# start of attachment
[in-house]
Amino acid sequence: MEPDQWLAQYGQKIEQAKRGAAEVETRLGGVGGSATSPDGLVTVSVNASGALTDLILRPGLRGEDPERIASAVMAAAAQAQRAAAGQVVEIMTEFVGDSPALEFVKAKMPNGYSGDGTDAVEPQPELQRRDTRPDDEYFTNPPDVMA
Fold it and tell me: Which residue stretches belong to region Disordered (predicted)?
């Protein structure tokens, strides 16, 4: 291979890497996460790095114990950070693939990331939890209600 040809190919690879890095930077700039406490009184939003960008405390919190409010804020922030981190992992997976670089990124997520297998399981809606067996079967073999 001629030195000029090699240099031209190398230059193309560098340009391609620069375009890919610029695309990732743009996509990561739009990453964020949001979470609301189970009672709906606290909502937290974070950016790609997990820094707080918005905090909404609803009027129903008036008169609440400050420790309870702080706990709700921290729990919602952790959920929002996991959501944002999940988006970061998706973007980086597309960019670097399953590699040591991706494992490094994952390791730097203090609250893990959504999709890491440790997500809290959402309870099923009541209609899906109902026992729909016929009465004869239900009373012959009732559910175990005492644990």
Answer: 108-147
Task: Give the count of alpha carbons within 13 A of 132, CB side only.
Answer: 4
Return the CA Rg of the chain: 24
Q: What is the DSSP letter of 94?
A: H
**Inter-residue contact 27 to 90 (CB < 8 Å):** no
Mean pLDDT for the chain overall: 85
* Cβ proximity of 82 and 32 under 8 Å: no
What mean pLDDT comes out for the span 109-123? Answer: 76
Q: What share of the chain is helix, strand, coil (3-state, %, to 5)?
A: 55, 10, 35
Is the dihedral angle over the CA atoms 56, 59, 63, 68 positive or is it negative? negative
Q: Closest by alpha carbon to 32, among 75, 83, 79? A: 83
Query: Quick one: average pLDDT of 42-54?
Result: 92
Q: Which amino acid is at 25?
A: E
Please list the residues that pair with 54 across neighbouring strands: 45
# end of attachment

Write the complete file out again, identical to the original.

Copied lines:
[in-house]
Amino acid sequence: MEPDQWLAQYGQKIEQAKRGAAEVETRLGGVGGSATSPDGLVTVSVNASGALTDLILRPGLRGEDPERIASAVMAAAAQAQRAAAGQVVEIMTEFVGDSPALEFVKAKMPNGYSGDGTDAVEPQPELQRRDTRPDDEYFTNPPDVMA
Fold it and tell me: Which residue stretches belong to region Disordered (predicted)?
């Protein structure tokens, strides 16, 4: 291979890497996460790095114990950070693939990331939890209600 040809190919690879890095930077700039406490009184939003960008405390919190409010804020922030981190992992997976670089990124997520297998399981809606067996079967073999 001629030195000029090699240099031209190398230059193309560098340009391609620069375009890919610029695309990732743009996509990561739009990453964020949001979470609301189970009672709906606290909502937290974070950016790609997990820094707080918005905090909404609803009027129903008036008169609440400050420790309870702080706990709700921290729990919602952790959920929002996991959501944002999940988006970061998706973007980086597309960019670097399953590699040591991706494992490094994952390791730097203090609250893990959504999709890491440790997500809290959402309870099923009541209609899906109902026992729909016929009465004869239900009373012959009732559910175990005492644990």
Answer: 108-147
Task: Give the count of alpha carbons within 13 A of 132, CB side only.
Answer: 4
Return the CA Rg of the chain: 24
Q: What is the DSSP letter of 94?
A: H
**Inter-residue contact 27 to 90 (CB < 8 Å):** no
Mean pLDDT for the chain overall: 85
* Cβ proximity of 82 and 32 under 8 Å: no
What mean pLDDT comes out for the span 109-123? Answer: 76
Q: What share of the chain is helix, strand, coil (3-state, %, to 5)?
A: 55, 10, 35
Is the dihedral angle over the CA atoms 56, 59, 63, 68 positive or is it negative? negative
Q: Closest by alpha carbon to 32, among 75, 83, 79? A: 83
Query: Quick one: average pLDDT of 42-54?
Result: 92
Q: Which amino acid is at 25?
A: E
Please list the residues that pair with 54 across neighbouring strands: 45